Transitional Rowhouse Kitchen with LaCornue in Washington, D.C.
Built in 1892, this 124 year old row house had seen its share of renovations, leaving the existing kitchen with a slew of dated, mismatched materials.
The kitchen was poorly insulated and cold. Originally, it was a screened-in porch with a brick wall, which was the back of the dining room fireplace. There was a wall of two story floor-to-ceiling windows that allowed for lots of natural light but limited the usable wall space.
In our first design meeting this client had a clear objective, to make the outside more accessible, eliminate wasted space and provide more storage. We solved this by adding a pair of large French doors, raising a window to allow for more counter space and eliminated the heavy window trim.
The focal point of the kitchen is undoubtedly the La Cornue range. We emphasized the range with a custom built hood in matching stainless and copper. The cabinetry is light and the existing brick wall is minimized with paint in a complimentary color.
For storage, we brought the wall cabinets down to the countertops and equipped them with outlets to hide away small appliances. To the left of the sink, a door folds and slides out of the way to reveal a coffeemaker and tea warmer.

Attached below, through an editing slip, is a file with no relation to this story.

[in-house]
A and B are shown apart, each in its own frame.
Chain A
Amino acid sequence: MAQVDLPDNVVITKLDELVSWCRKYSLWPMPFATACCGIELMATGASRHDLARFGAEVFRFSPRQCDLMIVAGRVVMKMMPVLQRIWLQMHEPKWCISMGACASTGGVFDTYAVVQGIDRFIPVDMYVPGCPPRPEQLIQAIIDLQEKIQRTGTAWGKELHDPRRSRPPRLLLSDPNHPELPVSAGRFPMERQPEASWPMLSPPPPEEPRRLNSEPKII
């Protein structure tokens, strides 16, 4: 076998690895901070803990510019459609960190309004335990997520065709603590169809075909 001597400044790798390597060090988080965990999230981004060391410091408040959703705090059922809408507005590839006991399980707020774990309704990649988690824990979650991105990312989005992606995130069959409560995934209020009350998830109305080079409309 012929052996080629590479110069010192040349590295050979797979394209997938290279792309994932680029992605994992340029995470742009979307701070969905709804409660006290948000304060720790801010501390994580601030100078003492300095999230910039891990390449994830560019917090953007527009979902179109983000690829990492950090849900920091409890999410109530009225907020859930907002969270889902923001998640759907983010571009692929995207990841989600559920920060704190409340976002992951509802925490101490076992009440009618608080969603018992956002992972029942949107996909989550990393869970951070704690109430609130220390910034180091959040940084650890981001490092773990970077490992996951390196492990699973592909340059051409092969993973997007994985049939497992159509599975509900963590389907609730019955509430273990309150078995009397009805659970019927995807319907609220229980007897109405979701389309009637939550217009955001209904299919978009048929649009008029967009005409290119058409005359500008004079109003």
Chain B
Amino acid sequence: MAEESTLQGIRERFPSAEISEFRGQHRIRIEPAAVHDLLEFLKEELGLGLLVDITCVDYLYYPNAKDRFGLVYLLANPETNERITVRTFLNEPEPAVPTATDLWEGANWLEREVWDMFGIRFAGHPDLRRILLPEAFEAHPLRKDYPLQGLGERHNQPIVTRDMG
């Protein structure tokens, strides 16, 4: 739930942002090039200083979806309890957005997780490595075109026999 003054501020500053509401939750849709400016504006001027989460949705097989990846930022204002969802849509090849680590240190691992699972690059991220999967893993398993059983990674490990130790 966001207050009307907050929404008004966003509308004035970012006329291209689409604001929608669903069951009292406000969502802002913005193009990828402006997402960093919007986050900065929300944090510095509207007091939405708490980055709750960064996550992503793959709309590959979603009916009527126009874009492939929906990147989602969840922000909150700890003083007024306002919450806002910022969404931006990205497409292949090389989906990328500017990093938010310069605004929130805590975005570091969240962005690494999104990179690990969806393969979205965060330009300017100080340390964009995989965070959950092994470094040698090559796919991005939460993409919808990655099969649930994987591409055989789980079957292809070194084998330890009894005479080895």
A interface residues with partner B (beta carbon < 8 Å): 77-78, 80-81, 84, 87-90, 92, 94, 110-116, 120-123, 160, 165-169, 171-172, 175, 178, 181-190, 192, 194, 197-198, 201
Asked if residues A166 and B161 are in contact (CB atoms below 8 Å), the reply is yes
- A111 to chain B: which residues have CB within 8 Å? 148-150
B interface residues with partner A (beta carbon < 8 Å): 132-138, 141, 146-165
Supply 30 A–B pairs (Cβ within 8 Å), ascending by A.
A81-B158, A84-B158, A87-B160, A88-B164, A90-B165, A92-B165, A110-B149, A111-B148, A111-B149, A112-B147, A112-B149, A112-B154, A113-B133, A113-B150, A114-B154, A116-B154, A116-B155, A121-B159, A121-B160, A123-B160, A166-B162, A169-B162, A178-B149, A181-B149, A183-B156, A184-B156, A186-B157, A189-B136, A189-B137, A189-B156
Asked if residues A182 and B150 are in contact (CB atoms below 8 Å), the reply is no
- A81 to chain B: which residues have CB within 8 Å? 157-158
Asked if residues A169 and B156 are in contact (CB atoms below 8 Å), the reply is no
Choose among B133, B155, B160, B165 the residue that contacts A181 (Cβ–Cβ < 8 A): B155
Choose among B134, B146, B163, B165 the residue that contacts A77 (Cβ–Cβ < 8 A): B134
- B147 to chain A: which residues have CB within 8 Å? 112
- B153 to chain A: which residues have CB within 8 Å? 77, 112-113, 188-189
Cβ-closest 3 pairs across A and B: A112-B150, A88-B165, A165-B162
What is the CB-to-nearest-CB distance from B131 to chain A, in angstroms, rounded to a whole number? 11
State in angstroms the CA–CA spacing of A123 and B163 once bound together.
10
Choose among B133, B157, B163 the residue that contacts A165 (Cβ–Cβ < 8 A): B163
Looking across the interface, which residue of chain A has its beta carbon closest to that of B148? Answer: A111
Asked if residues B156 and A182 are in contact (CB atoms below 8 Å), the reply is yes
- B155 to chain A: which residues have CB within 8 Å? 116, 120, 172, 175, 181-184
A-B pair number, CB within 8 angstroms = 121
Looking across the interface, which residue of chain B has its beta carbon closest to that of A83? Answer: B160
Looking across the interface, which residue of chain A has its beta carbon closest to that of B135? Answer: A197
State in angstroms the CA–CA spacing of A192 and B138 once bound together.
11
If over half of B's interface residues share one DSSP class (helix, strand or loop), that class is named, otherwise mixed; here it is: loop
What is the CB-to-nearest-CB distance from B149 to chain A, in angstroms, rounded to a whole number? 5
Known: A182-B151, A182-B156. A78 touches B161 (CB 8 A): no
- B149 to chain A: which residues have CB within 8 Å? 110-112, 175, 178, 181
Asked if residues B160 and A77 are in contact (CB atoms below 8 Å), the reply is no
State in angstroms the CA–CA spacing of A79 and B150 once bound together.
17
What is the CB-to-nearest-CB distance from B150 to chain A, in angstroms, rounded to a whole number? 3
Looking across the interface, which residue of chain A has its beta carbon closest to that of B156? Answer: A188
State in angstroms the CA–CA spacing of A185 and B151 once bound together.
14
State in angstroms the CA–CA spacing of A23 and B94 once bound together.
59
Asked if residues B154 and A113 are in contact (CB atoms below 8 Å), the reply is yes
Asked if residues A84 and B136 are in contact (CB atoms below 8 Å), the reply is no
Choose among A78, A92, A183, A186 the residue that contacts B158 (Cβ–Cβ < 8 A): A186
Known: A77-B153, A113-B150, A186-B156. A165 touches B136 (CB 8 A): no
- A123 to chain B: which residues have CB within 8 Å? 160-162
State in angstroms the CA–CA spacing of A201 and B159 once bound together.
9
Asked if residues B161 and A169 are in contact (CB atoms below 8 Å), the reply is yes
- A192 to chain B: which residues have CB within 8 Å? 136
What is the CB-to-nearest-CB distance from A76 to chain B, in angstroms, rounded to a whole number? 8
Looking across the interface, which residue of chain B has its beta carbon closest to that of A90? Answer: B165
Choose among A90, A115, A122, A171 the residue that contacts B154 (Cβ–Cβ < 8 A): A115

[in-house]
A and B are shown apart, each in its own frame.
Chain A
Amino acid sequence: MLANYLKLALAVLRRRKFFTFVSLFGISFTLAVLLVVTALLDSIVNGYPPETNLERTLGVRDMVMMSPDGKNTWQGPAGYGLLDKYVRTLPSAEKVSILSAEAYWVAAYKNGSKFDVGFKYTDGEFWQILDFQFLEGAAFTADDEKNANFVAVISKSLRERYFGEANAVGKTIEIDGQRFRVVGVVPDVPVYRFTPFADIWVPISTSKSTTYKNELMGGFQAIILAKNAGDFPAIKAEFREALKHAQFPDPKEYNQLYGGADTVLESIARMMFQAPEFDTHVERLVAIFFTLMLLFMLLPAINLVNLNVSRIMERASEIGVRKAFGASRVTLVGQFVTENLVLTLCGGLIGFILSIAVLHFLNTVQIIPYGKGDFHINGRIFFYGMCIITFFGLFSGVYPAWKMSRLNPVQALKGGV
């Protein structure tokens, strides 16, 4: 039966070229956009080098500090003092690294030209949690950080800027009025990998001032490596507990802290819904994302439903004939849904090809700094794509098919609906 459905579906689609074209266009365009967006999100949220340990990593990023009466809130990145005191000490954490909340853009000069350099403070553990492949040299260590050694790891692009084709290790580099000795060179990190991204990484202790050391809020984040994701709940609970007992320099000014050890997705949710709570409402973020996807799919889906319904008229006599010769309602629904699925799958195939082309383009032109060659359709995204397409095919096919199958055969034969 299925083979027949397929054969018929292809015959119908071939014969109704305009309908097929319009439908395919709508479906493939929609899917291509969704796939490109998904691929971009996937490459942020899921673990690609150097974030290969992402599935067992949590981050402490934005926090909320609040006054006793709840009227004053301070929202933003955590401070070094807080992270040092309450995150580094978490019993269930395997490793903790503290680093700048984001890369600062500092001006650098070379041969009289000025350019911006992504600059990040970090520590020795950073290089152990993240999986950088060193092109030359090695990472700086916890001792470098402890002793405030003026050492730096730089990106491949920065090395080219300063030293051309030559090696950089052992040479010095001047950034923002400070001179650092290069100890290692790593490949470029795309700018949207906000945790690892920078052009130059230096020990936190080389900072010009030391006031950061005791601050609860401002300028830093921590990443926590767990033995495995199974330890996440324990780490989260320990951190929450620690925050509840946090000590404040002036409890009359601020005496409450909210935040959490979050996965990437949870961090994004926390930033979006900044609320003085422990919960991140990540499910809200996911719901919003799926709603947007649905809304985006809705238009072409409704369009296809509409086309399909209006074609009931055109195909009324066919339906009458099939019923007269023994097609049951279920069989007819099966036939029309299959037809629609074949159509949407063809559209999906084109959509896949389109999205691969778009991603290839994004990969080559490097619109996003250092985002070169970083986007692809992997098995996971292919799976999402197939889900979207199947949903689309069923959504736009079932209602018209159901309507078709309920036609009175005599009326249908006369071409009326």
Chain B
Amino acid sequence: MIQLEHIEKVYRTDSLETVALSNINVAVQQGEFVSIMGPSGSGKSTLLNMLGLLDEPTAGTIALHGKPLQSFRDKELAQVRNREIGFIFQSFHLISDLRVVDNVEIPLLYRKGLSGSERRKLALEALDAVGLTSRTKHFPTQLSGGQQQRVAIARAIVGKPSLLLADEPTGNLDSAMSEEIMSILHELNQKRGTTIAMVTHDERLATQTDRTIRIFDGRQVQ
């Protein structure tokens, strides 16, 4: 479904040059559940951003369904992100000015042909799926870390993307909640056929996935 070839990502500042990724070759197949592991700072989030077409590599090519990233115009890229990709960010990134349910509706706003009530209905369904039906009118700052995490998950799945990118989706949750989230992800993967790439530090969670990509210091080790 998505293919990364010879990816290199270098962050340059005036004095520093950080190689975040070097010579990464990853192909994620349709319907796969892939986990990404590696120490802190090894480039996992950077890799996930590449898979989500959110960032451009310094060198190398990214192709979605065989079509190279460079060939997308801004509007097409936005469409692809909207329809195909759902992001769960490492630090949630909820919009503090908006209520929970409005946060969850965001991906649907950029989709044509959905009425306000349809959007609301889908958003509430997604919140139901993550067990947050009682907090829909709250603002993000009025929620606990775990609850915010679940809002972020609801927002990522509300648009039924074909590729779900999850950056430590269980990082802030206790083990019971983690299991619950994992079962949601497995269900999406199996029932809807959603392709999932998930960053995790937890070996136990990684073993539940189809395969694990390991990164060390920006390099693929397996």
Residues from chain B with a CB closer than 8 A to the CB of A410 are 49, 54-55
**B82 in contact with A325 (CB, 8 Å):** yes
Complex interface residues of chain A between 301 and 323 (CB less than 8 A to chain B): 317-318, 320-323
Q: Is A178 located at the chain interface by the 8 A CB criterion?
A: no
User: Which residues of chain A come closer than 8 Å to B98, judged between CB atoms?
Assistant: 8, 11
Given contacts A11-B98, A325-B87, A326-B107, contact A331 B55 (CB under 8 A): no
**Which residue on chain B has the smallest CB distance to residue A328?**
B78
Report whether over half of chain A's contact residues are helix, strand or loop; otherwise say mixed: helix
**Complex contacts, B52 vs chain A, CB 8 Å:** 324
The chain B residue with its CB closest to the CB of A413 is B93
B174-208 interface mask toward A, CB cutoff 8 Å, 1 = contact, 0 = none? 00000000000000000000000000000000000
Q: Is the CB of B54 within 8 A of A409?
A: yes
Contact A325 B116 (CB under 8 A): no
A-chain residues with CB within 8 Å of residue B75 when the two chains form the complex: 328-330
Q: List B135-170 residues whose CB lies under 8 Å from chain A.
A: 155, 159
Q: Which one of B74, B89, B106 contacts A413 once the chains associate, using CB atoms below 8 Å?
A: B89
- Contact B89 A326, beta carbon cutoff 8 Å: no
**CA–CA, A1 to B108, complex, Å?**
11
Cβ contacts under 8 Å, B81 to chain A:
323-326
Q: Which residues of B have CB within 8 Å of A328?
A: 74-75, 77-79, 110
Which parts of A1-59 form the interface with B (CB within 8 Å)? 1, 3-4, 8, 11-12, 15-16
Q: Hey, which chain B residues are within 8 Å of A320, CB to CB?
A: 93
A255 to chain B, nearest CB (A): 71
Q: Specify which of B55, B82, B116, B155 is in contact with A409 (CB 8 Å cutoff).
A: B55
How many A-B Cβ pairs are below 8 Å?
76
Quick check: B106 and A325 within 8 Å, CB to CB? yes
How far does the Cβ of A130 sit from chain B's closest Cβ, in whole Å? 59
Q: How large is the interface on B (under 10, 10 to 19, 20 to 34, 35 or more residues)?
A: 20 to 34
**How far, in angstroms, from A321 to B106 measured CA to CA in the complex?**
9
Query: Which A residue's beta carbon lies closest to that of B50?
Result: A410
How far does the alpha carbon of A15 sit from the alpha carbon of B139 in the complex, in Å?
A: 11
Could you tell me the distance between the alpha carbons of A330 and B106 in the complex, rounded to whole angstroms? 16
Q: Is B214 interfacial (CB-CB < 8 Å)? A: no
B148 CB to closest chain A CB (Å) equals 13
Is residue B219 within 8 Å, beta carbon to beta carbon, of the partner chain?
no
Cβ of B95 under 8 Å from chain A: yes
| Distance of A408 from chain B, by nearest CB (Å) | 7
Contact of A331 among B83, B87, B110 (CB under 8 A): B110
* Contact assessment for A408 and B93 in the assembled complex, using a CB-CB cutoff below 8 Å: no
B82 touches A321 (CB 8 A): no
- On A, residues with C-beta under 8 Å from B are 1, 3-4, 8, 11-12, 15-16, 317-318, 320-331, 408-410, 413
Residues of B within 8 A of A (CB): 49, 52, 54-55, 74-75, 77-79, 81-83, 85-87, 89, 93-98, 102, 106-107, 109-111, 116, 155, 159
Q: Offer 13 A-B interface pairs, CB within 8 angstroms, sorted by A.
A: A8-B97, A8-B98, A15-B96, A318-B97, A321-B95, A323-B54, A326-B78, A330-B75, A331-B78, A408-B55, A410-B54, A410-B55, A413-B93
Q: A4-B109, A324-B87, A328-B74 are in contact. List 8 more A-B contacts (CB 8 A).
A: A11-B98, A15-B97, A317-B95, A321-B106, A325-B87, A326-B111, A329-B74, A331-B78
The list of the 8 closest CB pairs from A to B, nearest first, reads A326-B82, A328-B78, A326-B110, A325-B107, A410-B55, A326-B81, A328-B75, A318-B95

Reducing the size of a floor-to-ceiling window made space to move the sink to a side wall. This gives the cook a view of the backyard while freeing up space for a casual eat-in space in the sink’s former location. The wall opposite the sink now contains the pantry, with plenty of storage behind doors, and the refrigerator freezer, which is flanked by a tall, slim wine refrigerator.
To contrast with the sparkling range and hood, we finished the Magna Gold granite with a rustic leathered texture. The new kitchen has a touch of elegance that connects it with the rest of the home’s décor.
Photography by Bob Narod.